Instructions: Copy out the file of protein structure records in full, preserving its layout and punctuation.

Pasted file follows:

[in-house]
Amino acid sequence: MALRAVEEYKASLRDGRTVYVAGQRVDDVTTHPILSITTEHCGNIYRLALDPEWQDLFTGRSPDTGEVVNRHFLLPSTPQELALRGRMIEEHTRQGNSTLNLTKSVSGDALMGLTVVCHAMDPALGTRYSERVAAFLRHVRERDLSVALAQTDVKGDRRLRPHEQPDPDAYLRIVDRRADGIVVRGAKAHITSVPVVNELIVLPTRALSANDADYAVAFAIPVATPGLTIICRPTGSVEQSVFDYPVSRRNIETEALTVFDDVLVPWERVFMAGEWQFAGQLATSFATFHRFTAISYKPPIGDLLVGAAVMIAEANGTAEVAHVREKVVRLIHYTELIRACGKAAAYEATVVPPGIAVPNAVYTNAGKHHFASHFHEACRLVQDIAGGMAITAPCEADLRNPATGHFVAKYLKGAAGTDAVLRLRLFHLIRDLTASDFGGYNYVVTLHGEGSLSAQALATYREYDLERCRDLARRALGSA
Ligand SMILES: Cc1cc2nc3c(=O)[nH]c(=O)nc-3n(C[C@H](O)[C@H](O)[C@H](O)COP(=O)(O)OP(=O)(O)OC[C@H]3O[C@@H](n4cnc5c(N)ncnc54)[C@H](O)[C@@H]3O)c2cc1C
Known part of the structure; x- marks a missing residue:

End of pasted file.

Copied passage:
[in-house]
Amino acid sequence: MALRAVEEYKASLRDGRTVYVAGQRVDDVTTHPILSITTEHCGNIYRLALDPEWQDLFTGRSPDTGEVVNRHFLLPSTPQELALRGRMIEEHTRQGNSTLNLTKSVSGDALMGLTVVCHAMDPALGTRYSERVAAFLRHVRERDLSVALAQTDVKGDRRLRPHEQPDPDAYLRIVDRRADGIVVRGAKAHITSVPVVNELIVLPTRALSANDADYAVAFAIPVATPGLTIICRPTGSVEQSVFDYPVSRRNIETEALTVFDDVLVPWERVFMAGEWQFAGQLATSFATFHRFTAISYKPPIGDLLVGAAVMIAEANGTAEVAHVREKVVRLIHYTELIRACGKAAAYEATVVPPGIAVPNAVYTNAGKHHFASHFHEACRLVQDIAGGMAITAPCEADLRNPATGHFVAKYLKGAAGTDAVLRLRLFHLIRDLTASDFGGYNYVVTLHGEGSLSAQALATYREYDLERCRDLARRALGSA
Ligand SMILES: Cc1cc2nc3c(=O)[nH]c(=O)nc-3n(C[C@H](O)[C@H](O)[C@H](O)COP(=O)(O)OP(=O)(O)OC[C@H]3O[C@@H](n4cnc5c(N)ncnc54)[C@H](O)[C@@H]3O)c2cc1C
Known part of the structure; x- marks a missing residue: